“ reason that the whole family has been able to stay together and work is that since we were little, Dad has always taught us to share and to always treat people the way you want them to treat you. And he applies that in our family.”
Christia V. Daniels Adair
Teacher and Activist, 1893-1989
In the Daniels household, it was an “unwritten law” that the children would gather round the dinner table and listen to their father talk about the events of the day, about “politicians and law enforcements.” It was an “unwritten law” their daughter would obey through a lifetime of caring very much about “politicians and law enforcements.” After graduation from Prairie View Normal (now Prairie View A&M) and several years of teaching, Christia Daniels married Elbert Adair, a Missouri Pacific brakeman, and the couple settled in Kingsville. There she learned that a local gambling house was employing teenage boys. To get the district attorney to close down the operation, Mrs. Adair had to organize white and black women to work together. Then she united Negro women with white women to acquire the vote in 1919, only to learn that she still could not vote in the primary because political parties were, at that time, white only.
True to Lincoln, Christia Adair was a Republican. One day in 1920, her husband phoned that his train was bringing Republican candidate Warren G. Harding to Kingsville. Having met the train many times, she knew exactly where to align her Sunday school class for a front-row view. The candidate appeared—but reached over her children to shake the white children’s hands! It was at that moment that Christia Adair became a Democrat!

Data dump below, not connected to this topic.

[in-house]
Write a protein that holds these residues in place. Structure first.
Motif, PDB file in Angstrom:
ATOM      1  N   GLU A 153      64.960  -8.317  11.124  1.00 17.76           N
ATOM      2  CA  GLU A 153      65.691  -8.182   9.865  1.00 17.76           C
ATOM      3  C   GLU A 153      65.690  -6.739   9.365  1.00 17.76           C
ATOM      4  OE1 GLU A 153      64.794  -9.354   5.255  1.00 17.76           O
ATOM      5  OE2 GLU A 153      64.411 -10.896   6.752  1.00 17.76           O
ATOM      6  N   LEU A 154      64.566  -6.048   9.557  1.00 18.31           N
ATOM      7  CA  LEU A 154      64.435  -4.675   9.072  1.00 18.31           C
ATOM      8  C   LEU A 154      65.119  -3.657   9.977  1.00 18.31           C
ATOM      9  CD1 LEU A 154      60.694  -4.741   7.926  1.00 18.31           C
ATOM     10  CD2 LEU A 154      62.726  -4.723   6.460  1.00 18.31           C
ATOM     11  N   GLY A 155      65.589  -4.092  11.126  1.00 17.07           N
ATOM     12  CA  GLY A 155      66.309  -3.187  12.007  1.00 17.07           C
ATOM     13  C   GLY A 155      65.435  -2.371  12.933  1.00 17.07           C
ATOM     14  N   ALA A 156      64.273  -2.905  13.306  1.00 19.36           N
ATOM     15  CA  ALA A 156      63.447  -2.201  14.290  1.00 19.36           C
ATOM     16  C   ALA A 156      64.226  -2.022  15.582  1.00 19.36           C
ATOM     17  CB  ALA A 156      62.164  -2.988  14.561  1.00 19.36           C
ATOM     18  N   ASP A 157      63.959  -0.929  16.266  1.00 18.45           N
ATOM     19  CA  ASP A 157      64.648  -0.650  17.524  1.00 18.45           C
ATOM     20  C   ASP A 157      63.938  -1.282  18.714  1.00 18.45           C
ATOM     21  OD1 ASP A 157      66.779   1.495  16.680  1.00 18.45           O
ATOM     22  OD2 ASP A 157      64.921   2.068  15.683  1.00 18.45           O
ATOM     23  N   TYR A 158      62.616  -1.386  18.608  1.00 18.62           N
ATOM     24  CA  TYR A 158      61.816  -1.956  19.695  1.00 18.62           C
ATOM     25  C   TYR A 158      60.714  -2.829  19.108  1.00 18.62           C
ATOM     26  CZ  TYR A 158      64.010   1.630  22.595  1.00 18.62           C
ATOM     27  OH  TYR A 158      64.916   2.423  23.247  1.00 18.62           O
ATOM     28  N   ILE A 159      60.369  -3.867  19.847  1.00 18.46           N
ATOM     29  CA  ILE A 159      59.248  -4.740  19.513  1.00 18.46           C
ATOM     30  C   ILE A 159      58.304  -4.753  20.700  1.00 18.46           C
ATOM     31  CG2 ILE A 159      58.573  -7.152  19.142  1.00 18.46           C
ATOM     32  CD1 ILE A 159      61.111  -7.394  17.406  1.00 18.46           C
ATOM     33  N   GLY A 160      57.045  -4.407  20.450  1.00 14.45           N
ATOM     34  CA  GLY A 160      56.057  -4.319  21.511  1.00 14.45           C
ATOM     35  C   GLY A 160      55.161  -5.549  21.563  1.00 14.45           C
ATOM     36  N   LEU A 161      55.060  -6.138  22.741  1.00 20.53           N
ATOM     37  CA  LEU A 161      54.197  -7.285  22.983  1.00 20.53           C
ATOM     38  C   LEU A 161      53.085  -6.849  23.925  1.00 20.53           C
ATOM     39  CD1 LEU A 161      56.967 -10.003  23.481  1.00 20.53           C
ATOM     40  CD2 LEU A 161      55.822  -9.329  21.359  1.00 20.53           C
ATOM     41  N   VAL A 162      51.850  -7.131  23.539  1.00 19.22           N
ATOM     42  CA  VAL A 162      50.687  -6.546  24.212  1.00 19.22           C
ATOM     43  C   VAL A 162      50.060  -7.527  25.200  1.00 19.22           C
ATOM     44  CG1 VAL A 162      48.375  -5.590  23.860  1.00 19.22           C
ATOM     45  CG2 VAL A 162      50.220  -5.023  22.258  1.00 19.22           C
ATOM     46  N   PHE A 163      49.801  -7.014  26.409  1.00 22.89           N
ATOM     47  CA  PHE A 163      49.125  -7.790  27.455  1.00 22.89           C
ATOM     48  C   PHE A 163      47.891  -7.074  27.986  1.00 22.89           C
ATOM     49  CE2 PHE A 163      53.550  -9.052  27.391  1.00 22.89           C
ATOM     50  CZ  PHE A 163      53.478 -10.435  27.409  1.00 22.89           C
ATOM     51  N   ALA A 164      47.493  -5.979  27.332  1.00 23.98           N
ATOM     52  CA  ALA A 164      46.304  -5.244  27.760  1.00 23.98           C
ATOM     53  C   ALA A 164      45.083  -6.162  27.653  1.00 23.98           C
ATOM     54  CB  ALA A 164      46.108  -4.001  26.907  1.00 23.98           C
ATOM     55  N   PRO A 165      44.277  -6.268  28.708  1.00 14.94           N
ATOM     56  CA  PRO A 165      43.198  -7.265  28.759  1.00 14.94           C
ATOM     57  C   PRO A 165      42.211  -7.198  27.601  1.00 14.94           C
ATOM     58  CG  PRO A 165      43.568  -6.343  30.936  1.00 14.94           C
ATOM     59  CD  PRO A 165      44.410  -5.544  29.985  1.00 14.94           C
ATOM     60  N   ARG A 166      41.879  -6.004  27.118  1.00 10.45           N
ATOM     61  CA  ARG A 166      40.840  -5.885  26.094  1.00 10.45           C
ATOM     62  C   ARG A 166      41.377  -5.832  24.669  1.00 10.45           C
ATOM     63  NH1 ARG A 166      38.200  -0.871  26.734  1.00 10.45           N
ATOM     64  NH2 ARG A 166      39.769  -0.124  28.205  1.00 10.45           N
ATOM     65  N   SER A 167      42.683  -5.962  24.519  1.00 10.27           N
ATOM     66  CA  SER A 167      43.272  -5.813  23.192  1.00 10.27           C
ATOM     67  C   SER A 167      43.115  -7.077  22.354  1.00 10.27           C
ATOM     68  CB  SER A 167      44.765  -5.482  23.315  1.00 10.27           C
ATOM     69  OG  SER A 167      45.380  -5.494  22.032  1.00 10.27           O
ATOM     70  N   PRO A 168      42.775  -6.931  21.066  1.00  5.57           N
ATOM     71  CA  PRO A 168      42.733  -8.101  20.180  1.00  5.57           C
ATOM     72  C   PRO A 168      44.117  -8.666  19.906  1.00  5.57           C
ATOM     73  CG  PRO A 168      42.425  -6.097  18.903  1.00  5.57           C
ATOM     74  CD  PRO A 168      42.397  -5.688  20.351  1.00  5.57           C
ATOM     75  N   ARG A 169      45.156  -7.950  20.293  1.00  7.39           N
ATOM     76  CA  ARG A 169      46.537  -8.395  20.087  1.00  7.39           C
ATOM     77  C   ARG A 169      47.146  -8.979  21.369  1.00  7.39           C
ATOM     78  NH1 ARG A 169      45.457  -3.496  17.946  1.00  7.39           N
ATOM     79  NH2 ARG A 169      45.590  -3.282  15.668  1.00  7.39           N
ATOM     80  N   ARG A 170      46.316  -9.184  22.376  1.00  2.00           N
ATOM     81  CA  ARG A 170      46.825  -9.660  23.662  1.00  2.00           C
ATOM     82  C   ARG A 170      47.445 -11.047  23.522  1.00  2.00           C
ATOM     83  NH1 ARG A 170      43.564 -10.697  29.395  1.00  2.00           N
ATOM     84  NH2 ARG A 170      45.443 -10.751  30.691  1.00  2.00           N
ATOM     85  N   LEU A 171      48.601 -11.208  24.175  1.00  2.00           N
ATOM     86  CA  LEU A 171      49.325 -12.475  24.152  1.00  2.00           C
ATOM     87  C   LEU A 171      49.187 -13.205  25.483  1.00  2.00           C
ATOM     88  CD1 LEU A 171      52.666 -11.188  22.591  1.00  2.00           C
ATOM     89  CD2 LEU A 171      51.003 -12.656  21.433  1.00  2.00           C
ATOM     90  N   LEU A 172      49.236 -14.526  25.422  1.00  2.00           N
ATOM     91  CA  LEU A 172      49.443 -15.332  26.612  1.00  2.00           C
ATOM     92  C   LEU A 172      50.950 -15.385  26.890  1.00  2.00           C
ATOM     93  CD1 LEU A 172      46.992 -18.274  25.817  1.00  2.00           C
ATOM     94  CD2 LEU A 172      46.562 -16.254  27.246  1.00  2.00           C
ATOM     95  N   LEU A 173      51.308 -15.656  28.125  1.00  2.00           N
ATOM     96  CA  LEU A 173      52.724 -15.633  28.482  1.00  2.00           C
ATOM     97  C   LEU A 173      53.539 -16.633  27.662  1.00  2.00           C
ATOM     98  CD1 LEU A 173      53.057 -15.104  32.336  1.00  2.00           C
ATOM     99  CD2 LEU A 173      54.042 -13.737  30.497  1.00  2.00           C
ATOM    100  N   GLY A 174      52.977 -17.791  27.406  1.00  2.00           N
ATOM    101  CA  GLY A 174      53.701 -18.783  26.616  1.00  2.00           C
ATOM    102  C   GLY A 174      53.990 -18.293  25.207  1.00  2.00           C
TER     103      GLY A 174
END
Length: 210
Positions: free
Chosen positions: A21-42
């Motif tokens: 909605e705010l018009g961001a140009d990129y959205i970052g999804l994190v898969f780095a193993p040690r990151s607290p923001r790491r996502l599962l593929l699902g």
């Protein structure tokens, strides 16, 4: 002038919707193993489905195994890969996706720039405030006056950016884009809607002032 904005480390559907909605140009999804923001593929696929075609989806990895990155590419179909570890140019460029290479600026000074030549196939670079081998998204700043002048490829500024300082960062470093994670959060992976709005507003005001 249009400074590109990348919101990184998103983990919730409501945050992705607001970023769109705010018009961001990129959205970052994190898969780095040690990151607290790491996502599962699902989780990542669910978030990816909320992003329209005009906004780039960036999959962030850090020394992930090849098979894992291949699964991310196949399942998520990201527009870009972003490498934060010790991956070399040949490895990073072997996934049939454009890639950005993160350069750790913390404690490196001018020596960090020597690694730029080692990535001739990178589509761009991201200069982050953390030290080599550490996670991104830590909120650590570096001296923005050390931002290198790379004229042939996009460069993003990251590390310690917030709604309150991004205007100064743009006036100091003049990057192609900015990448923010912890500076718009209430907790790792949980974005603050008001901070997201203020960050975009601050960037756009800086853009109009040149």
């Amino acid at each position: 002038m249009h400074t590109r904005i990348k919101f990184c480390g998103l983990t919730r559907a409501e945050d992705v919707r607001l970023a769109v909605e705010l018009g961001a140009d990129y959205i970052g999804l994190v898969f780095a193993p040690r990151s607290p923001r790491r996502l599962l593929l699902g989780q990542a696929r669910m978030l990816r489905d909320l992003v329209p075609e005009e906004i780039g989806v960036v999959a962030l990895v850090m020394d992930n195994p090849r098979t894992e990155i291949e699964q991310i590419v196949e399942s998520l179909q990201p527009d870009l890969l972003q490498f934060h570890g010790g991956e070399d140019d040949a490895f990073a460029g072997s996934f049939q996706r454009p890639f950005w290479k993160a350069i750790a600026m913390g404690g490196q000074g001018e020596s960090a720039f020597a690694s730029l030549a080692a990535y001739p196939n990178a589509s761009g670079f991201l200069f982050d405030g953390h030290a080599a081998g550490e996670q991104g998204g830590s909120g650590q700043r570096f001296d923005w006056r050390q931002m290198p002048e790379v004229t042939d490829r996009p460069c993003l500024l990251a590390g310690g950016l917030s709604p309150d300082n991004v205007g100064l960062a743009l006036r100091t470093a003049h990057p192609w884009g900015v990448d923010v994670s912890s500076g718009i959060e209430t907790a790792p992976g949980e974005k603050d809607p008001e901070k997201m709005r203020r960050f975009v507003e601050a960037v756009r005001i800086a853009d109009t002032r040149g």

In 1925, when the couple moved to Houston, Mrs. Adair joined all her favorite religious and civic groups and worked energetically with the National Association for the Advancement of Colored People. In 1944, after the Houston NAACP won a case opposing all-white party organizations, she was among the first black women to vote in the primary. As Executive Secretary, she led campaigns to achieve minority access to public schools, libraries, transportation, and hospitals in the city. When the NAACP came under fire in the 1950s, she refused to turn over their membership roles, enduring over two years of persecution until her position was upheld by the Supreme Court.
A voter to the end, in November of 1989, before her death in December, Christia Adair cast her final vote. Instead of mailing in her ballot as was allowed, she asked some friends to carry her from her bed to the polls so that she could vote in person.
"When (Harding) came out, he was facing my children, and do you know what he did? He reached over their heads to shake hands with some white children behind them. I was offended and insulted at what he did to my children."
"I told the Negro women who were working with me, I said “We just can’t do it alone, and white women who have sons and daughters ought to be interested in this project.’’
"Back in 1918 Negroes could not vote and women could not vote either. The white women were trying to help get a bill passed in the legislature where women could vote. I said to the Negro women, “I don’t know if we can use it now or not, but if there’s a chance, I want to say we helped make it.”